Half of record-breaking funds to aid day and boarding students
With a little rock music and fireworks, Upper Canada College’s Think Ahead Campaign unveiled the running total of its fundraising efforts: $103,232,000.
The unprecedented tally, announced during the school’s Association Day, is part of the 186-year-old institution’s most ambitious campaign — arguably most ambitious in Canadian independent school history — which aimed to raise $100 million.
Principal Jim Power, who opened Association Day by singing Bruce Springsteen’s “Glory Days” with his own E Street Band, said he was elated with the campaign surpassing its goal.
“We realize the old line, ‘Too much is given, too much is expected,’ and we’re really incredibly fortunate to be here,” he said. “I feel like we’ve been blessed.”
Half of the money already raised — a final tally will be announced in November — will support day and boarding students.
The rest of money will be split into boarding ($14 million), a renovation of the Upper School ($30 million), which is the second phase after the William Wilder Arena and Sports Complex that opened in 2008, as well as curriculum and professional development ($20 million) through programs like UCC’s Global Leadership Initiative and Character Project.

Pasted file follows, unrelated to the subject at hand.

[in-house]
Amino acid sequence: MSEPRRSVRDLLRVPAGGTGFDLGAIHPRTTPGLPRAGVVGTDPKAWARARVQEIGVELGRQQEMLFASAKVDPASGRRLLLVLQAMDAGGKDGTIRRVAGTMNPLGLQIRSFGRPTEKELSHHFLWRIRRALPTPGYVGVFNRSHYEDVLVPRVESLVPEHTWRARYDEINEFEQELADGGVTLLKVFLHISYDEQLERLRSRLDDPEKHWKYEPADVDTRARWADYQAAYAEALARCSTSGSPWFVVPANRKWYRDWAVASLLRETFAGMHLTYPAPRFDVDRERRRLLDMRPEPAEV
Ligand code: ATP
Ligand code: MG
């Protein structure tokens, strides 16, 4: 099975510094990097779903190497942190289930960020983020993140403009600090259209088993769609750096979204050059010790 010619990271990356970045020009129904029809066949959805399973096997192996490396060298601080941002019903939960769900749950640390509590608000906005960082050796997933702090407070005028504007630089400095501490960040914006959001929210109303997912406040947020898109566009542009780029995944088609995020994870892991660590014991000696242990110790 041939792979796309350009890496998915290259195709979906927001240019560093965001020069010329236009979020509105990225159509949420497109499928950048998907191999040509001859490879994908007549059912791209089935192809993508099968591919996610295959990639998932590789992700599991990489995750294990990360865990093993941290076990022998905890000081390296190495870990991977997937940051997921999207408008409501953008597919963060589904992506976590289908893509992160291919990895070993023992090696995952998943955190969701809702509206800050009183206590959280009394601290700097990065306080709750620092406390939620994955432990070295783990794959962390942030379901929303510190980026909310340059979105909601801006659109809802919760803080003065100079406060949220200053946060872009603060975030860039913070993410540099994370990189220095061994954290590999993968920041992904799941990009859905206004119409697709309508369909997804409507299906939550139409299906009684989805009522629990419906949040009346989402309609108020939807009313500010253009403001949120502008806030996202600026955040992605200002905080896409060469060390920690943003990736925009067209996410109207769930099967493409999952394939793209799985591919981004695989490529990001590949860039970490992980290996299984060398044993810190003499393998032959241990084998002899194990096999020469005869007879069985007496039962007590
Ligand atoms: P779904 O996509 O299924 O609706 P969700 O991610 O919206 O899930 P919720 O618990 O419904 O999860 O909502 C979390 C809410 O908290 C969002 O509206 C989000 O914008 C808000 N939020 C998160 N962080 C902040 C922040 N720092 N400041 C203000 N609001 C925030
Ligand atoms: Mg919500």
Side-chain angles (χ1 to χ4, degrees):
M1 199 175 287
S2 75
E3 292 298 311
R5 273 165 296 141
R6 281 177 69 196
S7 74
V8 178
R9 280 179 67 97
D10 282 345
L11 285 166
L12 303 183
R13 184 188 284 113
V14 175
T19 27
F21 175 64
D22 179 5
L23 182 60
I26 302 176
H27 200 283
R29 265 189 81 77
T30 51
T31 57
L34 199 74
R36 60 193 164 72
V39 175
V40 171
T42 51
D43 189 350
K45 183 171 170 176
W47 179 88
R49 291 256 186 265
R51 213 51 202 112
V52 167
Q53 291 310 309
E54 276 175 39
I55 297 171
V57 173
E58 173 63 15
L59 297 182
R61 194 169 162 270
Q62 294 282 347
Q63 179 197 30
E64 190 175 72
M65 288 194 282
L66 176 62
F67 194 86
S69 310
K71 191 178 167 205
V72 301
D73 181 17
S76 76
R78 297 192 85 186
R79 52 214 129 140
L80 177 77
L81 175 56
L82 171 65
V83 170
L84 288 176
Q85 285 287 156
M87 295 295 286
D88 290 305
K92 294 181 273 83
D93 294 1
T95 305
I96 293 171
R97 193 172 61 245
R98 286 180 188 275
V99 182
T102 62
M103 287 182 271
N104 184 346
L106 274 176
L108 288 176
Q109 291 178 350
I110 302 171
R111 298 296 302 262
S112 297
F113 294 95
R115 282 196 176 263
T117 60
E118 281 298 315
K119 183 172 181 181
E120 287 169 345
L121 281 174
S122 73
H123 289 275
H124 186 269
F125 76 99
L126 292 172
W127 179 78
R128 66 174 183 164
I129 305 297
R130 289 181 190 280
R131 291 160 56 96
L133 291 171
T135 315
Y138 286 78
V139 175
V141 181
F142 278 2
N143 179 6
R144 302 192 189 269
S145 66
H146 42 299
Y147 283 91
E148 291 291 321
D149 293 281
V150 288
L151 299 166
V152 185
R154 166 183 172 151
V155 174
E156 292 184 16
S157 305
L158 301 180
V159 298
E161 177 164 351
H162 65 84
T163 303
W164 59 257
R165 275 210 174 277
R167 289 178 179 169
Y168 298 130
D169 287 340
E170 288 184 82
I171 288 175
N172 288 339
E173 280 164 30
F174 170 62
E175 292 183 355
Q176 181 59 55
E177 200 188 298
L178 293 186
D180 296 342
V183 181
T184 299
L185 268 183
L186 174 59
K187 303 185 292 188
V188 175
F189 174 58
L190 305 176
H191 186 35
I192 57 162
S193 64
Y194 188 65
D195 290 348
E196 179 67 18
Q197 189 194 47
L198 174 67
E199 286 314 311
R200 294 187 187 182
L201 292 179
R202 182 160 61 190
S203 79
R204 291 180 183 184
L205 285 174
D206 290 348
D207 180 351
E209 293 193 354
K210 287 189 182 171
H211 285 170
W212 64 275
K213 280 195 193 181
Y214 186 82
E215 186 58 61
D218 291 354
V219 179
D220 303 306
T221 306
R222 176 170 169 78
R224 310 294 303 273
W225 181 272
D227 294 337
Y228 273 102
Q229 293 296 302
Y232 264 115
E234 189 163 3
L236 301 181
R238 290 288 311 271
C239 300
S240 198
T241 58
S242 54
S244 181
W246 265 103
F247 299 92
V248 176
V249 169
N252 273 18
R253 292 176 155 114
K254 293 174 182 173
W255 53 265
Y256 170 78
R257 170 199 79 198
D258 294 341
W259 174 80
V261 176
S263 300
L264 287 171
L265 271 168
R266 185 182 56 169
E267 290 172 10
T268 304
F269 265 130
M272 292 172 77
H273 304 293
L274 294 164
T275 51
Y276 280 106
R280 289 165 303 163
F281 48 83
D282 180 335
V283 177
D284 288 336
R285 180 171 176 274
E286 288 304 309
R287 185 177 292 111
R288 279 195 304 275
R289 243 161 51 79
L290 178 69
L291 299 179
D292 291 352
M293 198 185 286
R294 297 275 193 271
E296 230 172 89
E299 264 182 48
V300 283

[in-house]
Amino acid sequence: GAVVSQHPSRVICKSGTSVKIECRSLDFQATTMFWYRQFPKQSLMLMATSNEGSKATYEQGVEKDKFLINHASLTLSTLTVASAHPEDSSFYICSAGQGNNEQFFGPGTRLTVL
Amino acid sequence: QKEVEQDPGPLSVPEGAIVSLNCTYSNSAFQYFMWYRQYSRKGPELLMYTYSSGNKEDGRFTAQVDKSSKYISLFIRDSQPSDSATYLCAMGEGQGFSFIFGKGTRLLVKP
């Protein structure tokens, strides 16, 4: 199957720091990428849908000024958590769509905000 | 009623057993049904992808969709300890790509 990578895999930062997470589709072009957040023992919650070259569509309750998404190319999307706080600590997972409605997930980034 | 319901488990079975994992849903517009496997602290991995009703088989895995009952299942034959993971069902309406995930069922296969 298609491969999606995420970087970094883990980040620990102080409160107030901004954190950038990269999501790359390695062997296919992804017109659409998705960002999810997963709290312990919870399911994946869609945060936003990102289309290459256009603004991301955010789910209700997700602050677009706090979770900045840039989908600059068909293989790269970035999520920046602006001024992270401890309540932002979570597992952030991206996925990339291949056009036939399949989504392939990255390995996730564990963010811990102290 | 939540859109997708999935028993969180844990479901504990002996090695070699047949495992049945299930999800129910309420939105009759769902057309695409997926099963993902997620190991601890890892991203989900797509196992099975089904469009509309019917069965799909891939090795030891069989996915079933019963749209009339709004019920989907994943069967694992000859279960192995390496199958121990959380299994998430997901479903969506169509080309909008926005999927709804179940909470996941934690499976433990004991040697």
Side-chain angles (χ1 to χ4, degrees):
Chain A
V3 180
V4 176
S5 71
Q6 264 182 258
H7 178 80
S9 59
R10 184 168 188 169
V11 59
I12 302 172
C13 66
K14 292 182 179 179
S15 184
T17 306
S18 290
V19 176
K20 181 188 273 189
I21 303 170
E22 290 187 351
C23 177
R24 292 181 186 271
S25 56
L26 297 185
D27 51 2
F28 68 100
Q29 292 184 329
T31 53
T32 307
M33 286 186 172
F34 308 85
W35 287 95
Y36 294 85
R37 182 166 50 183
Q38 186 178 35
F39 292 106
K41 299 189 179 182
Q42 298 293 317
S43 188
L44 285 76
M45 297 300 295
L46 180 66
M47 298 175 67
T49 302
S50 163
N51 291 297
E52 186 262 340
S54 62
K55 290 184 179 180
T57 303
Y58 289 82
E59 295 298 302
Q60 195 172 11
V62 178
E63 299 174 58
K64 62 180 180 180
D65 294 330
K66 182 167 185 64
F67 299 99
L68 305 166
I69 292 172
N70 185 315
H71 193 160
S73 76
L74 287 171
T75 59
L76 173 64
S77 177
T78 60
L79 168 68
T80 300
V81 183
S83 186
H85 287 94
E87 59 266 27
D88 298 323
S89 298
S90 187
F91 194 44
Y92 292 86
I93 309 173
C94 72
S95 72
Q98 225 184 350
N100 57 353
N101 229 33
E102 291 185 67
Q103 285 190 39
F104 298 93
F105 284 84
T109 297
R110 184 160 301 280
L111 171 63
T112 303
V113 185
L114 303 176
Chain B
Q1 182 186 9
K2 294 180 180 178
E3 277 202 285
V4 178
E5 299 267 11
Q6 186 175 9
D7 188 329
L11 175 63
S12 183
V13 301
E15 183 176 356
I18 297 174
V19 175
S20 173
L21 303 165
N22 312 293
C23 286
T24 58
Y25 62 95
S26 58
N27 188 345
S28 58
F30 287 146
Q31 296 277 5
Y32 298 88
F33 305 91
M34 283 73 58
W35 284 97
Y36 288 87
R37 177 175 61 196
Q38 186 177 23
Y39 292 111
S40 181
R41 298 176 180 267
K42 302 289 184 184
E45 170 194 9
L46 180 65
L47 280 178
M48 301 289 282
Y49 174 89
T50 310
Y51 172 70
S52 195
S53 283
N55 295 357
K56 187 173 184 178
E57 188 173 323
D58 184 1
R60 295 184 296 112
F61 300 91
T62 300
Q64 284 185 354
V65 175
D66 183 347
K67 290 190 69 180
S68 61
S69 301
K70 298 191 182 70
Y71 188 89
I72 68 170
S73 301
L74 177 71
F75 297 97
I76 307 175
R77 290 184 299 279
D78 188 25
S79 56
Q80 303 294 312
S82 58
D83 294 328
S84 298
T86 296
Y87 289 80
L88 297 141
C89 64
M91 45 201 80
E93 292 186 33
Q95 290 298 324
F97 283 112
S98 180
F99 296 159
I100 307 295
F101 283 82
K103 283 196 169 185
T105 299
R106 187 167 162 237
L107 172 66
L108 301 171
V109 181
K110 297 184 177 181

Helping with the campaign was the Council of 1829, a group of Old Boys — the name given to alum — who help keep the school’s foundation intact.
Chairperson Doug McCutcheon (Class of ’83), made the announcement, as a mix of Old Boys, current students, parents and donors, along with Ward 22 Councillor Josh Matlow, jointly pushed plungers on mock TNT boxes to unveil the banner.
“It’s unbelievable,” McCutcheon said. “The target we set was already ambitious and to raise this amount of money shows what incredible support there is from parents, alumni, old past parents. It’s phenomenal.”
After joking about his band’s performance of Bachman-Turner Overdrive’s “Taking Care of Business,” Power voiced the hope, for UCC as well as other independent schools across the country, that this “ambitious” campaign is carried on.
“The good thing is, and I think we’re on the verge of hubris with this, but I hope it inspires other schools. That would be the win-win for me,” Power said. “The big piece coming out of this is the financial assistance program, and I have had more principals from other schools do the same thing.
“If we can make that easier for people, it would be an exponentially better gift.”